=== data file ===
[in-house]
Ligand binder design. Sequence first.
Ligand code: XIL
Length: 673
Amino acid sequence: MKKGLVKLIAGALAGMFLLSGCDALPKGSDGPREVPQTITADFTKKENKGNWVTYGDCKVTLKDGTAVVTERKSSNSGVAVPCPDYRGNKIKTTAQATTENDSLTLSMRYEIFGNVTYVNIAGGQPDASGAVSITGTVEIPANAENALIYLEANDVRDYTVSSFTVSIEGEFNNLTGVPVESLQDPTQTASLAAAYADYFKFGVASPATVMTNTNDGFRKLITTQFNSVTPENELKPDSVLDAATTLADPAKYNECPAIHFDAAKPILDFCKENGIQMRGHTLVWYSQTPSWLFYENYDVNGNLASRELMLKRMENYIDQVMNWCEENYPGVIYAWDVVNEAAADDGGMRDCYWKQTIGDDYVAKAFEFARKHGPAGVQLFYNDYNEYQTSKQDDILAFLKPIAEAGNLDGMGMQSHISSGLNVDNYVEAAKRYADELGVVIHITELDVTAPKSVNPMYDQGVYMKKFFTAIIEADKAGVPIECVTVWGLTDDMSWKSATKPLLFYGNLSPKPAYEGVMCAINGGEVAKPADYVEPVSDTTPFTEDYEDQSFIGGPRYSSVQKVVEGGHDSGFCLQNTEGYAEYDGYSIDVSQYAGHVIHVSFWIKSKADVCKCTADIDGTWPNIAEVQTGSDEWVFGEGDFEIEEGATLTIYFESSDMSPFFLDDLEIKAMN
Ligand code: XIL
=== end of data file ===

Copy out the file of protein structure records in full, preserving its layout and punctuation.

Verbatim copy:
[in-house]
Ligand binder design. Sequence first.
Ligand code: XIL
Length: 673
Amino acid sequence: MKKGLVKLIAGALAGMFLLSGCDALPKGSDGPREVPQTITADFTKKENKGNWVTYGDCKVTLKDGTAVVTERKSSNSGVAVPCPDYRGNKIKTTAQATTENDSLTLSMRYEIFGNVTYVNIAGGQPDASGAVSITGTVEIPANAENALIYLEANDVRDYTVSSFTVSIEGEFNNLTGVPVESLQDPTQTASLAAAYADYFKFGVASPATVMTNTNDGFRKLITTQFNSVTPENELKPDSVLDAATTLADPAKYNECPAIHFDAAKPILDFCKENGIQMRGHTLVWYSQTPSWLFYENYDVNGNLASRELMLKRMENYIDQVMNWCEENYPGVIYAWDVVNEAAADDGGMRDCYWKQTIGDDYVAKAFEFARKHGPAGVQLFYNDYNEYQTSKQDDILAFLKPIAEAGNLDGMGMQSHISSGLNVDNYVEAAKRYADELGVVIHITELDVTAPKSVNPMYDQGVYMKKFFTAIIEADKAGVPIECVTVWGLTDDMSWKSATKPLLFYGNLSPKPAYEGVMCAINGGEVAKPADYVEPVSDTTPFTEDYEDQSFIGGPRYSSVQKVVEGGHDSGFCLQNTEGYAEYDGYSIDVSQYAGHVIHVSFWIKSKADVCKCTADIDGTWPNIAEVQTGSDEWVFGEGDFEIEEGATLTIYFESSDMSPFFLDDLEIKAMN
Ligand code: XIL